The first questions we ask of Japanese whisky is…………..are we experiencing something bigger and better than Scotch?
It certainly seems so with a huge global boom in the whisky market and so many single malts being sought after by whisky beginners, connoisseurs and collectors. Japanese whisky is trying it’s hardest to keep up and it’s losing the battle, well on age statement whiskies anyway. Japan is the third largest producer of whisky behind the Scots and the Americans and they are certainly beating the Irish on production volumes.
Over the past 4 years Japanese whiskies have made heads turn on the global stage after a string of awards for its most popular distilleries. It can boast of being the home of some of the world’s best single malt whiskies. Renowned whisky writer “http://whiskybible.com/”>Jim Murray even thought so last year when in the 2015 Whisky Bible he named a Japanese whisky his number one in the world. The release of the book and the announcement sent sales of Japanese whisky skyrocketing. The awards started in 2001 and then followed with World Whisky Awards in 2008 where the Yoichi 20 Year Old won best single malt and the Hibiki 30 Year Old won best blended whisky, the first time anyone outside of Scotland had won these prestigious awards. In 2012 we saw the Yamazaki 25 Year Old take out best whisky in the world in the whisky magazines annual awards, Japanese whisky took it’s place firmly on the world stage.
So why is Japanese whisky taking the Scottish whisky industry head on?
The Scottish and the Irish have for many years produced the best crafted whiskies in the world and they are whiskies we have grown to love and write about, perhaps even boast to our friends about and collect, but the Scottish whisky industry has perhaps given away too many secrets to overseas enthusiasts and future master distillers. This has allowed Japan to create a unique spirit which is full of innovation, creativity and inspiration.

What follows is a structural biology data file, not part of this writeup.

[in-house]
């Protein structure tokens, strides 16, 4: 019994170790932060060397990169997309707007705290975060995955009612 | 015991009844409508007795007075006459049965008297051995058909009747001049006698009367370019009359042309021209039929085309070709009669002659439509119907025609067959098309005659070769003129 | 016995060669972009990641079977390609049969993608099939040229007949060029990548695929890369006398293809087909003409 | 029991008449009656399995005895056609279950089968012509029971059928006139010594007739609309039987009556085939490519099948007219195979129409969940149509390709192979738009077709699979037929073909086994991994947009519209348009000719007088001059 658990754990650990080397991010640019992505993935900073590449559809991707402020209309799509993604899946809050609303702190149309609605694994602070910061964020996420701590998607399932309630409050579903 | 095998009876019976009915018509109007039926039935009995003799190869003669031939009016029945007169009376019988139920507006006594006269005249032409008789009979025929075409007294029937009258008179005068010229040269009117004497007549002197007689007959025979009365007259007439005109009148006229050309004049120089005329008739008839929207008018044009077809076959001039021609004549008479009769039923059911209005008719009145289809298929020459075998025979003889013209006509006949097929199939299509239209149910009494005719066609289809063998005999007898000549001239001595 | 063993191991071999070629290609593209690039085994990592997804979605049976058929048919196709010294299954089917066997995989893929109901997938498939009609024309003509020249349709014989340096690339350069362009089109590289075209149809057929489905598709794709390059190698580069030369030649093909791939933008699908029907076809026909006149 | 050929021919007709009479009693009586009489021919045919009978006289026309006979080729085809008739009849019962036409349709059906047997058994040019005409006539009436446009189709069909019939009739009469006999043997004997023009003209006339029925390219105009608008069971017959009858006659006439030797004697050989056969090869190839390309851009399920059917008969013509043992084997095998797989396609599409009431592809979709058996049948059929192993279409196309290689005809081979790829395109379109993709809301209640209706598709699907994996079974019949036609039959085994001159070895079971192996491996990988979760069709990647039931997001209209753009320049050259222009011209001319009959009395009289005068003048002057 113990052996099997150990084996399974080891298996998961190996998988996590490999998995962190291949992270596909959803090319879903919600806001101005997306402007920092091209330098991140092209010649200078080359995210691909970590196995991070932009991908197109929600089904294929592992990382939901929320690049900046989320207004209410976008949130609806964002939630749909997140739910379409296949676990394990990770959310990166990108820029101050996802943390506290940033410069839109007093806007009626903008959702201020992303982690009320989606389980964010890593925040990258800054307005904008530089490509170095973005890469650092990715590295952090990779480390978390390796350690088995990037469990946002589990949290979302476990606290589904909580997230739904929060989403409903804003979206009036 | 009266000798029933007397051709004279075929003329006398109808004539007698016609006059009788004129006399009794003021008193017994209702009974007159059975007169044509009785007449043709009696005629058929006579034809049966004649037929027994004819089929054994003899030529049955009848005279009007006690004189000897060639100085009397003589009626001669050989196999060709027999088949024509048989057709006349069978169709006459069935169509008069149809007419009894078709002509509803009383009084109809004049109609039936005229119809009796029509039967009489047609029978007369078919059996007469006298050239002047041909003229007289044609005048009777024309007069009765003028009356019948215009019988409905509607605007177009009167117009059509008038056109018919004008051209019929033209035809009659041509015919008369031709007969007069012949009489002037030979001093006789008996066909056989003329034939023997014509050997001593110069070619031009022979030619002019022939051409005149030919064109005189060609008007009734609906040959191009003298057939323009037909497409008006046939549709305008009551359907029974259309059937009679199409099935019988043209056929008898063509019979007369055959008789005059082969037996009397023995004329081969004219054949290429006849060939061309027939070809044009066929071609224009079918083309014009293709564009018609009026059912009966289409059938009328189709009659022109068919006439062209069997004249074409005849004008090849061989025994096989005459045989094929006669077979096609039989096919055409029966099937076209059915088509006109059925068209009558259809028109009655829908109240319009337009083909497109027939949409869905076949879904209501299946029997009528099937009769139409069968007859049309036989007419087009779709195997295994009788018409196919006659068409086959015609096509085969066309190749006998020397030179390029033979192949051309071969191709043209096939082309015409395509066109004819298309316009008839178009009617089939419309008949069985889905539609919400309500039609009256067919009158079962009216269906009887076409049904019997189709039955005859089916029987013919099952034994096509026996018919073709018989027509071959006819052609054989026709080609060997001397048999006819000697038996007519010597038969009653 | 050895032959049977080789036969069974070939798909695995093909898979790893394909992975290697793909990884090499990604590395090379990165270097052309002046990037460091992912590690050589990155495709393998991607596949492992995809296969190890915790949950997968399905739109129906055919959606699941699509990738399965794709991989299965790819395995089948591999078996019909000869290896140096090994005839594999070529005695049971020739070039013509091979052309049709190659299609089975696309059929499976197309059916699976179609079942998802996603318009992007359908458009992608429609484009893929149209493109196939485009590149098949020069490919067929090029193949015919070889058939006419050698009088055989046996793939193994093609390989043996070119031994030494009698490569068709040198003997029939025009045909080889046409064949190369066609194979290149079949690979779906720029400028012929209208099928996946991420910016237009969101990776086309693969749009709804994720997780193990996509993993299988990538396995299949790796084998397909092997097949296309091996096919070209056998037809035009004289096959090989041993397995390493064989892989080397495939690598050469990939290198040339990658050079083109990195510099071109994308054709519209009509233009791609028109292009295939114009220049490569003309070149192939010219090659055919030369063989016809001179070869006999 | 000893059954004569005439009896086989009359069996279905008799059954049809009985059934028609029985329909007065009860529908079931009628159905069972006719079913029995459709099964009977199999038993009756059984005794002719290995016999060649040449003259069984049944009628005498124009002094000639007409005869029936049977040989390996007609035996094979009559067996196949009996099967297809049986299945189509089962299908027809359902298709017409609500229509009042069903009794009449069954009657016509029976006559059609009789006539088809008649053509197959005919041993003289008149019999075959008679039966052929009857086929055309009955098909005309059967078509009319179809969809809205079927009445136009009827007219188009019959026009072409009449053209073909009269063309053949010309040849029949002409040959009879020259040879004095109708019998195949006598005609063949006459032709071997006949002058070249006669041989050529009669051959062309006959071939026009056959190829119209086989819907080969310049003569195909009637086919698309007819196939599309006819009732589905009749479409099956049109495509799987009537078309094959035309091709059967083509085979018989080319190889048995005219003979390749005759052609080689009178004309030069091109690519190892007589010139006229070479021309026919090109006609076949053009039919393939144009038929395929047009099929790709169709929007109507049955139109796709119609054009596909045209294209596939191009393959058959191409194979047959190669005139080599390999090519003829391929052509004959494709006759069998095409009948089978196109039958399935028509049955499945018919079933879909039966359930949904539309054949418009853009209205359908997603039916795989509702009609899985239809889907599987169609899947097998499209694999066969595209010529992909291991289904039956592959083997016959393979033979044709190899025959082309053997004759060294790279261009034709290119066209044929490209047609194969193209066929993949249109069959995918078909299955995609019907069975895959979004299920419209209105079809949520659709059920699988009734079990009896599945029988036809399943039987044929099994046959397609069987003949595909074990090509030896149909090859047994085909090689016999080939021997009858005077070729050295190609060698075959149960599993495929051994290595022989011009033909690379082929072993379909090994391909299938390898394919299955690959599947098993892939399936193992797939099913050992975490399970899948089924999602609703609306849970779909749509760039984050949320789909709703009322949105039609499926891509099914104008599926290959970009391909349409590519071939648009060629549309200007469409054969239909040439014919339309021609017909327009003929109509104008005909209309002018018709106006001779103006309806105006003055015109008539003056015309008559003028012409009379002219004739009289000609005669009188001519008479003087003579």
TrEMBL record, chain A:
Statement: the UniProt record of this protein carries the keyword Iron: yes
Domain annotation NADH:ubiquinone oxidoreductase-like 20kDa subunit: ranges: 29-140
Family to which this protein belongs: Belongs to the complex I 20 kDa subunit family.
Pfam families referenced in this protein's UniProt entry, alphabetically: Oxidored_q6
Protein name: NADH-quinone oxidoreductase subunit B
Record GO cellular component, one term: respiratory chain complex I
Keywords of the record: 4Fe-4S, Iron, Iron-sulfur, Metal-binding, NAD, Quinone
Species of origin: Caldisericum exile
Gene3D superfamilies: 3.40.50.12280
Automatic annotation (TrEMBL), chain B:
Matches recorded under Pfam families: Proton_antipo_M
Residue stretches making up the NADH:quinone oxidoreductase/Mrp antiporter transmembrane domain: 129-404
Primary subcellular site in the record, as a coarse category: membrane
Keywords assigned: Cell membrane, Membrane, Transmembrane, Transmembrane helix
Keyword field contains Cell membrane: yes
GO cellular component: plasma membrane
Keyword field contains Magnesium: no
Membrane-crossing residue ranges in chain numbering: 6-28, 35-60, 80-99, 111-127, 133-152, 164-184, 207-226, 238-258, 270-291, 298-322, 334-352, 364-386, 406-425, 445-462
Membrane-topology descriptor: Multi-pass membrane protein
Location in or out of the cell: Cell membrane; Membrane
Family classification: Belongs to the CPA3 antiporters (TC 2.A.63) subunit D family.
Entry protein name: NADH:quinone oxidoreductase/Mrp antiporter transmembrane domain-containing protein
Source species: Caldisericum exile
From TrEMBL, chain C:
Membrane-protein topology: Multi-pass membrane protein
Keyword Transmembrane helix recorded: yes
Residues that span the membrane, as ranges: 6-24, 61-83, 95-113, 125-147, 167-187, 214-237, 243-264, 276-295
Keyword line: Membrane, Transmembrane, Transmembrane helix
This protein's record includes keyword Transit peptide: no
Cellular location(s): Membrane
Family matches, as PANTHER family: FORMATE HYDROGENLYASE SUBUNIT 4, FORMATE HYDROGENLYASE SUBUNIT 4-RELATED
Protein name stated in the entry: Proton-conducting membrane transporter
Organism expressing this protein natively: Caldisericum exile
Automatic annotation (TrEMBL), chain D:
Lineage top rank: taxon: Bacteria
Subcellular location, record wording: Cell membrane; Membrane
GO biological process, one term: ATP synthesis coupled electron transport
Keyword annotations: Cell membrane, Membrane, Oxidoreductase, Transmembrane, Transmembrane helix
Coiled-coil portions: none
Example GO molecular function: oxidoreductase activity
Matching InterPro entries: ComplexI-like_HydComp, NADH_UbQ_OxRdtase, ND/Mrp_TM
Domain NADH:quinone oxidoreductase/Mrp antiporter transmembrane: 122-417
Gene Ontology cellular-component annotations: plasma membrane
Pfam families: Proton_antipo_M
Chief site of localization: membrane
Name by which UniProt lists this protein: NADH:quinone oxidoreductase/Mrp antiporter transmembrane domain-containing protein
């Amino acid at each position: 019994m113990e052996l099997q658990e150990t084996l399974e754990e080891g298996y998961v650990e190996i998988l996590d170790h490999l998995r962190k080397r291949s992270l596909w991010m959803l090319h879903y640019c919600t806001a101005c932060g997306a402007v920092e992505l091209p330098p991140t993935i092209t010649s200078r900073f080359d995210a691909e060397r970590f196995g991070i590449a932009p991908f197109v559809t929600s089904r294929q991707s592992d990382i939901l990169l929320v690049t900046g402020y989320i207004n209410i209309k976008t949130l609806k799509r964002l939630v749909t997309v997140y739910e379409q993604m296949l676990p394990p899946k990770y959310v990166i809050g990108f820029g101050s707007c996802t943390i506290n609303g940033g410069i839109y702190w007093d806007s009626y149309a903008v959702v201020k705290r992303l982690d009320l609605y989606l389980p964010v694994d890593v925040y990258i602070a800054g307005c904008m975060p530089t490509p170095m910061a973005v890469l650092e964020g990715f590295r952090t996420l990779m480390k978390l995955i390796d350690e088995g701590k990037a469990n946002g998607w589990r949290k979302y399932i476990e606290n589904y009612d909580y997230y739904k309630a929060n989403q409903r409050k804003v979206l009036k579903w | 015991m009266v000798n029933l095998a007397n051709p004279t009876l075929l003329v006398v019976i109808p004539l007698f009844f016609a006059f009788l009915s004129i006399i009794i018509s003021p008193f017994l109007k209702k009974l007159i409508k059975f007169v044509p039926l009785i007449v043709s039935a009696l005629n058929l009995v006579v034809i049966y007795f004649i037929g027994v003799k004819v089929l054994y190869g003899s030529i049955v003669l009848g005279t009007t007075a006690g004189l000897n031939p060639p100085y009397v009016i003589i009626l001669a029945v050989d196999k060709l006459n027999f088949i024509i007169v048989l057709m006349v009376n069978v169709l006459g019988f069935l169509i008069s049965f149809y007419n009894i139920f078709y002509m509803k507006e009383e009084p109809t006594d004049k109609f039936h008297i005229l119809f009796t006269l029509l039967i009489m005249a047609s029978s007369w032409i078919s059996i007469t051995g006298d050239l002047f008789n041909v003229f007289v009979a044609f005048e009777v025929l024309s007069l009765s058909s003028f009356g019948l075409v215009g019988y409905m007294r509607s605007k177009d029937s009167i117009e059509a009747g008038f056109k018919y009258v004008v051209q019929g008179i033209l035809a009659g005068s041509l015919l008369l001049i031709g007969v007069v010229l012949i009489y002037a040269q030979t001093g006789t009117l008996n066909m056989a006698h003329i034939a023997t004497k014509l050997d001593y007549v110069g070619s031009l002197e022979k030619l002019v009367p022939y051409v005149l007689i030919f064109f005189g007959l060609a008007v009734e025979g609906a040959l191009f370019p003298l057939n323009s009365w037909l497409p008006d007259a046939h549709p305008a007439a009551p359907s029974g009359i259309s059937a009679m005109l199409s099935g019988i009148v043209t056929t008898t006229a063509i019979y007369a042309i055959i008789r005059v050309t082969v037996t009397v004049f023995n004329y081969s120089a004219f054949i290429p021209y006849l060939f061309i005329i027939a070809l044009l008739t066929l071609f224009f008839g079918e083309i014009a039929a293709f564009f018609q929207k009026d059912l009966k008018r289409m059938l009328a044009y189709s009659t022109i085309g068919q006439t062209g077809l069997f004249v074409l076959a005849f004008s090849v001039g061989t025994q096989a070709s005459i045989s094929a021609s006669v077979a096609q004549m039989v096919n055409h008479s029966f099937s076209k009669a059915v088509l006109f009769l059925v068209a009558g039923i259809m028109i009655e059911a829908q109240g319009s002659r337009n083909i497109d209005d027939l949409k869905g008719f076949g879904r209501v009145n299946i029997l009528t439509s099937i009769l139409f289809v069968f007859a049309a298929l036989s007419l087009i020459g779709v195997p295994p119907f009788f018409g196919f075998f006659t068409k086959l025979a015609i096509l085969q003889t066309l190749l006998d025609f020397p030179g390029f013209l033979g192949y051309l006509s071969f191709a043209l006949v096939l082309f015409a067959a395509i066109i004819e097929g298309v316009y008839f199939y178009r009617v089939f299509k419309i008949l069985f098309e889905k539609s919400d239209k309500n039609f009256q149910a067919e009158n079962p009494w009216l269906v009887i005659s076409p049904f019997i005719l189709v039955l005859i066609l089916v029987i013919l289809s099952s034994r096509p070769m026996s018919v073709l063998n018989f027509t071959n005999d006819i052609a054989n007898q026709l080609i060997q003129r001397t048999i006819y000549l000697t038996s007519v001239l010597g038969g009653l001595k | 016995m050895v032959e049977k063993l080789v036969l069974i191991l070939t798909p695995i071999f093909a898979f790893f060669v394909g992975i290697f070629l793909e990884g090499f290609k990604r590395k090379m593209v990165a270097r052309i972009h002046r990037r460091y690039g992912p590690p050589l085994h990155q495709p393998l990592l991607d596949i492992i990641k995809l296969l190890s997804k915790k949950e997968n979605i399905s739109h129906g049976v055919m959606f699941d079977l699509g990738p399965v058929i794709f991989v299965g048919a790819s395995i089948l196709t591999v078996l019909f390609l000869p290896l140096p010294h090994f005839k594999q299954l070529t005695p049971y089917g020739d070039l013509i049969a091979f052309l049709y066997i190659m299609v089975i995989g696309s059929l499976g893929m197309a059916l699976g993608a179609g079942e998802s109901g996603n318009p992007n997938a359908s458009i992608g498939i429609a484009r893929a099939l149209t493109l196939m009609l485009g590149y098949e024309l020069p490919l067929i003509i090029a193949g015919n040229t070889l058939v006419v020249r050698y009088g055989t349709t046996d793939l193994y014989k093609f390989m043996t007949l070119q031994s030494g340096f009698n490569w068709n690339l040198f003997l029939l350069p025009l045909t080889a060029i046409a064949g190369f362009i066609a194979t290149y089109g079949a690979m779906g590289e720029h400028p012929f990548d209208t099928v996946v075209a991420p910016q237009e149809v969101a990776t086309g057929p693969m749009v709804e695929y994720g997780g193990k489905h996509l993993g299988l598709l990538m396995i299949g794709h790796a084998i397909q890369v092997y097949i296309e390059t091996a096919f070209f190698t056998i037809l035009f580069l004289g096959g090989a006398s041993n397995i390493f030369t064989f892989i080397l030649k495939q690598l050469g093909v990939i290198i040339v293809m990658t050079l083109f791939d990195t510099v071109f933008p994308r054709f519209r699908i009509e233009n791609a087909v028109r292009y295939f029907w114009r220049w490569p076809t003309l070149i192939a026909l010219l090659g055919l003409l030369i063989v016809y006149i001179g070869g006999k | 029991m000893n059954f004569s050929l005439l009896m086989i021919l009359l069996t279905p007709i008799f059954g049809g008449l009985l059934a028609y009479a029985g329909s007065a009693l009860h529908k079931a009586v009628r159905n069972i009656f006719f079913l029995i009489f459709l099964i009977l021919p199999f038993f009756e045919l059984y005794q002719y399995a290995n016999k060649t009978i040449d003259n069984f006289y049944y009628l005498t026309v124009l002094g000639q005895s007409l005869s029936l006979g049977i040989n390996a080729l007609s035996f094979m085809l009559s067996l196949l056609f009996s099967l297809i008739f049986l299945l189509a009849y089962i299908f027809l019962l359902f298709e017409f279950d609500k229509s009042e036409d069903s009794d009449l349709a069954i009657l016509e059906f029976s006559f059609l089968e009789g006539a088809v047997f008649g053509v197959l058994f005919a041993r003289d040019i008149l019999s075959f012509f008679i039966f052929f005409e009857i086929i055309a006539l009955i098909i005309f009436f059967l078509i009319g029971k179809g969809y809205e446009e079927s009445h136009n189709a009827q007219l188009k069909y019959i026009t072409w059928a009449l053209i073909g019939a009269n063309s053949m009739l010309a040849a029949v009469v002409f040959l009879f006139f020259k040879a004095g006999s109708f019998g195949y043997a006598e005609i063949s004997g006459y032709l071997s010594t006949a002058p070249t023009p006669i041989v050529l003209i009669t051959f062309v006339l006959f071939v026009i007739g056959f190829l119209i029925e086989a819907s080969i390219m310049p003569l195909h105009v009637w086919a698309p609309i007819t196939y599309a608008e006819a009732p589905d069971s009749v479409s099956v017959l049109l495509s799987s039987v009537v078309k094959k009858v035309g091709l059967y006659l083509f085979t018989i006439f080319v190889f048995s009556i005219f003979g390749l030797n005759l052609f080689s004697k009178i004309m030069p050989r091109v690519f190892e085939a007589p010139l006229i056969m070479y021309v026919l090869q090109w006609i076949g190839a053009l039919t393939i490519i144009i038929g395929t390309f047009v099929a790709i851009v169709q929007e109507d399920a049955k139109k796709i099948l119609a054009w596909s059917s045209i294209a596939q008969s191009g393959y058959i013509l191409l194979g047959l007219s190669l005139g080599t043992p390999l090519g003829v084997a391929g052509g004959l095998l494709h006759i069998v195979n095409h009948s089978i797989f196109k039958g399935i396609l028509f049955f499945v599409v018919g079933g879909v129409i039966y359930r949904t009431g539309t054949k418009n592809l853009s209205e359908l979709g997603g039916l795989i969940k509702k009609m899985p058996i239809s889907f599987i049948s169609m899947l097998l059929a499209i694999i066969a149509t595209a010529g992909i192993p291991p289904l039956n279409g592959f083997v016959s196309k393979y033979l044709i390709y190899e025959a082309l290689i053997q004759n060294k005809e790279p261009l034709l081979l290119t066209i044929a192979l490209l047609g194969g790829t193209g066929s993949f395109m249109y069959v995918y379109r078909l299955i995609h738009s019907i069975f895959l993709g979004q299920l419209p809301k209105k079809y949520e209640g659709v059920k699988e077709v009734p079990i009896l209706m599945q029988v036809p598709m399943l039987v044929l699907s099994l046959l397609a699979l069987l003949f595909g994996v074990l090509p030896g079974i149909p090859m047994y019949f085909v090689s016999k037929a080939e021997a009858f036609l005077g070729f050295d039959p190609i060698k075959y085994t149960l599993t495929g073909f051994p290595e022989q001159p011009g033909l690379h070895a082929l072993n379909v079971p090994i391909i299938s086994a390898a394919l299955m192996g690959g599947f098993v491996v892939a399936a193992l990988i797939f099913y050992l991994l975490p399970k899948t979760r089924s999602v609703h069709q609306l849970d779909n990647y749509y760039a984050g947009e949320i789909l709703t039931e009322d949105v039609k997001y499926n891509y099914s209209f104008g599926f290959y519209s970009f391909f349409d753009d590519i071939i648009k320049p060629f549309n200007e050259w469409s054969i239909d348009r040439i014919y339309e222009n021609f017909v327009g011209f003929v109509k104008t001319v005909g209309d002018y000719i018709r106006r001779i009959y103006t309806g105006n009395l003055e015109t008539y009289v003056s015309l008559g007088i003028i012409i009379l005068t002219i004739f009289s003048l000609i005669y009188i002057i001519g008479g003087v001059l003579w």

Even though Japan follows all the similar steps to making whisky as the Scots they create something very different, coupled the industriousness we’ve come to expect from the East.
The first commercial distillery in Japan was opened in 1923 however the first production was thought to have been in the 1870.Each Japanese distillery has its own unique style and methods for producing its single malt whiskies. Most however follow traditional Scottish methods.Most of the malted barley is imported from Scotland to make the mash before distillation and both unpeated and peated barley is used. Australia will also contribute barley to Japan’s whisky industry.
The barrels which are used in maturation are imported mainly from America but also from Scotland, Spain and Portugal. The Japanese do have their own Japanese oak named Mizunara and this oak gives off very unique aromas and tastes to give Japan its own unique finished product.The whisky in Japan is normally distilled twice, very like the Scottish methods whereas the Irish usually distil three times.The Japanese distilleries have very unique stills and they vary in size and thickness. They are created by high tech designers and use of state of the art technology.They use alternate yeasts to Scotland and they experiment more than the Scottish whisky industry with different, hard to find casks and finishes.
The Japanese climate is also different to Scotland meaning the casks mature at a faster rate with warm summers and cold winters.
Japanese whisky companies do not share their stocks of whisky when producing a blend, unlike in Scotland or Ireland. Therefore, blends will only consist of whisky produced at a maximum of two distilleries.
The list of Japanese distilleries keeps getting longer